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Why is javaspaces technology not as successful as it should be ?

Posted by unoinpiu on January 28, 2007 at 7:36 AM PST

When I got myself a java.net blog I thought I'd have used it to talk about the java technologies I use everyday.
Whether it is Spring, XStream or less popular open-sources, the idea was to divulge what I was learning to the benefit of the java community and my own.

Today instead I feel like writing about javaspaces but, not to discuss about some good practice I learnt, but to ask everybody who has worked with it a few questions.

I've been working with javaspaces on and off for the last 12 months and I simply love it.


We have been designing an OLAP solution with javaspaces.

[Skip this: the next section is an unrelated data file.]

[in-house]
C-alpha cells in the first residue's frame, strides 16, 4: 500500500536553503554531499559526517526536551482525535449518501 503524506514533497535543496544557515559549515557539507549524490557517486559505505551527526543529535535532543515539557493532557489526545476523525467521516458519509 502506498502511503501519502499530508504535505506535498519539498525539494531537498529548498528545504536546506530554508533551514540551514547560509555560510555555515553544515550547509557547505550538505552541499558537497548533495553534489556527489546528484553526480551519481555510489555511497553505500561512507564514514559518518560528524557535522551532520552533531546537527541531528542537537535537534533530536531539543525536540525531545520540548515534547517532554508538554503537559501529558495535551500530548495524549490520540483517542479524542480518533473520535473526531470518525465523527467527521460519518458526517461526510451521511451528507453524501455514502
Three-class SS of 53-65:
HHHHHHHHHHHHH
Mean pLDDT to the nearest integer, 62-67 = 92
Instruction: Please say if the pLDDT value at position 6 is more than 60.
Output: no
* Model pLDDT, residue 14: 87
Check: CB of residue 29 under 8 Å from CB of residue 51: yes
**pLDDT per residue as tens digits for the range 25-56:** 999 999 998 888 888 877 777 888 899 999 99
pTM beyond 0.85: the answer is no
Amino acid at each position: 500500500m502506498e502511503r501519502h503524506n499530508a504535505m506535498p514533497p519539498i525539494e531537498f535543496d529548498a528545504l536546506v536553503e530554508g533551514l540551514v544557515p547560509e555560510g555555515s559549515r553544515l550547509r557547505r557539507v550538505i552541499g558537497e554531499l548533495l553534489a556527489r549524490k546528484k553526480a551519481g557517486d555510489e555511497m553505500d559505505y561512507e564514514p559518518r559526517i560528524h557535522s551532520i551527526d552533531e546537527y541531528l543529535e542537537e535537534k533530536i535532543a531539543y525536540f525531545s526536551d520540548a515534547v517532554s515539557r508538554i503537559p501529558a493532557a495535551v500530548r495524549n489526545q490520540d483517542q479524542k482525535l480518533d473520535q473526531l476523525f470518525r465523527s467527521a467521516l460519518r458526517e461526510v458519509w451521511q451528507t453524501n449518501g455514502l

We had to deal with large volume of data and high performance expectations and come out with a powerful solution where parallel computations are the core of the architecture.

These days I could not think of solving the same business problem in any other way.

So my questions are, why is that the javaspaces technology is not as popular as I think it should be ?
how come there is only one proper open-source implementation
(Blitz) and one proper commercial solution (gigaspaces) ?
why does it seem that only few patterns have been described to work with spaces ?

Surely I can see that, while the javaspaces API is remarkably concise and simple, it takes some good practice to
learn how to design a good distributed solution. The mindset needs to adapt to deal with problems that do not occur in local computation (e.g.: partial failure, network-latency,...).
But there must be more than this ?

A colleague of mine told me that is just a "marketing" issue. Sun did a good job in promoting EJB and less of a good job
for jini and javaspaces.

Maybe or maybe not... In any case I'd love to hear more...

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